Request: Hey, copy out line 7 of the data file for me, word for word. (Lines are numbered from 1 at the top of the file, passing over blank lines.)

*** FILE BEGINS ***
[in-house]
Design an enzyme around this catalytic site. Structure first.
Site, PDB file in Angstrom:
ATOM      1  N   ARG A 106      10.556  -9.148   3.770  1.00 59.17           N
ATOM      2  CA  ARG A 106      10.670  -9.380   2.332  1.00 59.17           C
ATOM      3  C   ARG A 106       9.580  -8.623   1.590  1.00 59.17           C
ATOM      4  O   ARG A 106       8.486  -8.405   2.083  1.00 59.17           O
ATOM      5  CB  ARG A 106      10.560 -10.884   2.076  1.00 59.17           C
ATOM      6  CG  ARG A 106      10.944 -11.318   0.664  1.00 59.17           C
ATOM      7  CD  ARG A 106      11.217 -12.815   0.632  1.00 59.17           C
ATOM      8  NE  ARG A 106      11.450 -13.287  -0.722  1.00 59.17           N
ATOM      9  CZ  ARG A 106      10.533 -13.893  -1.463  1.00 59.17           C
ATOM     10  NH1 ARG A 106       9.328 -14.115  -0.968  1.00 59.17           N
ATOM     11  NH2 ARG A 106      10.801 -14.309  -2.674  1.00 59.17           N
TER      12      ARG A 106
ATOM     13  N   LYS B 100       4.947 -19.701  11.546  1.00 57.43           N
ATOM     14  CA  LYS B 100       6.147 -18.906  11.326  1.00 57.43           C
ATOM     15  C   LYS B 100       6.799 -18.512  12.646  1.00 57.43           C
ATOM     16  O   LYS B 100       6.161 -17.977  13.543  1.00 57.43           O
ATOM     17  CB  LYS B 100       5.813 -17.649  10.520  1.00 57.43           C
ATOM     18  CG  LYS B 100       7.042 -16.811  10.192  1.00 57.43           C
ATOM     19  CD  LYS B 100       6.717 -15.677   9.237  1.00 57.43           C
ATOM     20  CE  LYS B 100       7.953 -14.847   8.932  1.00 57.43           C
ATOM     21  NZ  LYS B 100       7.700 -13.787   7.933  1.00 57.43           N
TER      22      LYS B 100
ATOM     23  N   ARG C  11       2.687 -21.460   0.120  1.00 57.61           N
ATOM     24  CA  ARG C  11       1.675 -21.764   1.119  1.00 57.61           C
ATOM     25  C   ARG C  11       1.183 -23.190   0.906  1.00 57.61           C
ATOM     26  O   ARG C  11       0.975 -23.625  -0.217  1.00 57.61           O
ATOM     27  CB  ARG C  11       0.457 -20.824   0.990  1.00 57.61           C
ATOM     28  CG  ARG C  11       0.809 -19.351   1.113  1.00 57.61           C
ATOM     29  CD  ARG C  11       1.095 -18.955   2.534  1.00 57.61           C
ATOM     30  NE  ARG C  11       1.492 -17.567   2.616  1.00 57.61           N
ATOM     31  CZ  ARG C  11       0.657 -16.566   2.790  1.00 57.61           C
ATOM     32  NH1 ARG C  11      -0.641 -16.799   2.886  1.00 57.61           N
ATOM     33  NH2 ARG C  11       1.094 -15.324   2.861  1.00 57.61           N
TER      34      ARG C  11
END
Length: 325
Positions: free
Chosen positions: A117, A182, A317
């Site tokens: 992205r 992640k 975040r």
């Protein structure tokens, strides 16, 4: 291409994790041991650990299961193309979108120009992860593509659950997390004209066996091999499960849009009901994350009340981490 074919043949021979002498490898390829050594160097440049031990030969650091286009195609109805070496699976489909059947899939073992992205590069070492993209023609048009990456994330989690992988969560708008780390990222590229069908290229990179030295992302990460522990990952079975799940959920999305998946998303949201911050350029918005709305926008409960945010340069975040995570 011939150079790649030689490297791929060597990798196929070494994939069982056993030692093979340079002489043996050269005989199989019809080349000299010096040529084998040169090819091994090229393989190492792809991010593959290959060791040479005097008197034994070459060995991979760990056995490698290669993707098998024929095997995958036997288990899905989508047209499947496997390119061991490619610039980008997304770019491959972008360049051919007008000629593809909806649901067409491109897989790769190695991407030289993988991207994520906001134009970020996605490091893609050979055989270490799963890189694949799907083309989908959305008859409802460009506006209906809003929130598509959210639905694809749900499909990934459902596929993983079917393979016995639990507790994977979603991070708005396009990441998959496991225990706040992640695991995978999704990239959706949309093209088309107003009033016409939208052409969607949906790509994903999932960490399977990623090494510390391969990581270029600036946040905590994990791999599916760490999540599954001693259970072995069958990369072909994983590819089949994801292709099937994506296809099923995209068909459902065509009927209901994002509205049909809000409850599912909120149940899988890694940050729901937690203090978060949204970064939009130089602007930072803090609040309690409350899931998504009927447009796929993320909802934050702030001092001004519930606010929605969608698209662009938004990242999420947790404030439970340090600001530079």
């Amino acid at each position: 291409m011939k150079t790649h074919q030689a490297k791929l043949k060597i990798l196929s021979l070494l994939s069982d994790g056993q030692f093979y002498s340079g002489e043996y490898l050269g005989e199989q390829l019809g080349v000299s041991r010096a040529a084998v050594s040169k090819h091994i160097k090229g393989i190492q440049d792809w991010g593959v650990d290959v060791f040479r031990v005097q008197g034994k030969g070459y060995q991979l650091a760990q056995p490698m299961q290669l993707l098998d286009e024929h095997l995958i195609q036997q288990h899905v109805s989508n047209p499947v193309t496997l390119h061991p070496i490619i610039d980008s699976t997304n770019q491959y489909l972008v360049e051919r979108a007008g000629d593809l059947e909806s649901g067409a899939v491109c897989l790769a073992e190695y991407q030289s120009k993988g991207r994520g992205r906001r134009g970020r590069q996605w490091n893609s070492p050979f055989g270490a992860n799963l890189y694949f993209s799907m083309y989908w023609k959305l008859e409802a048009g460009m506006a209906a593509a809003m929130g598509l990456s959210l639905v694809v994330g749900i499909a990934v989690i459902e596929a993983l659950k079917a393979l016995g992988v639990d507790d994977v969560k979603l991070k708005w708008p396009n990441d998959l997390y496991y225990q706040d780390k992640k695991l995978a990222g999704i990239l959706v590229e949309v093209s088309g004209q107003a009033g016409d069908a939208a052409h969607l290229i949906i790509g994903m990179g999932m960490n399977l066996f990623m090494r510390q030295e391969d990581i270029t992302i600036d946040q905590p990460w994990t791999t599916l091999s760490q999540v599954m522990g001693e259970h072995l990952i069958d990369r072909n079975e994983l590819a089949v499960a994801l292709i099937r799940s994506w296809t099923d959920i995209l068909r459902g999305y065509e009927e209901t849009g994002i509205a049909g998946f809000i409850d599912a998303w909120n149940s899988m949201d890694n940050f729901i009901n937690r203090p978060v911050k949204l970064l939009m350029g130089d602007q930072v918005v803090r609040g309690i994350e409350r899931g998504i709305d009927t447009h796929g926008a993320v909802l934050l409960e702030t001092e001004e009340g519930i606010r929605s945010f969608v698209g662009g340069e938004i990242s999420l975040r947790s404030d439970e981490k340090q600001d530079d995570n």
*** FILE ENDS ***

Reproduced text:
ATOM      4  O   ARG A 106       8.486  -8.405   2.083  1.00 59.17           O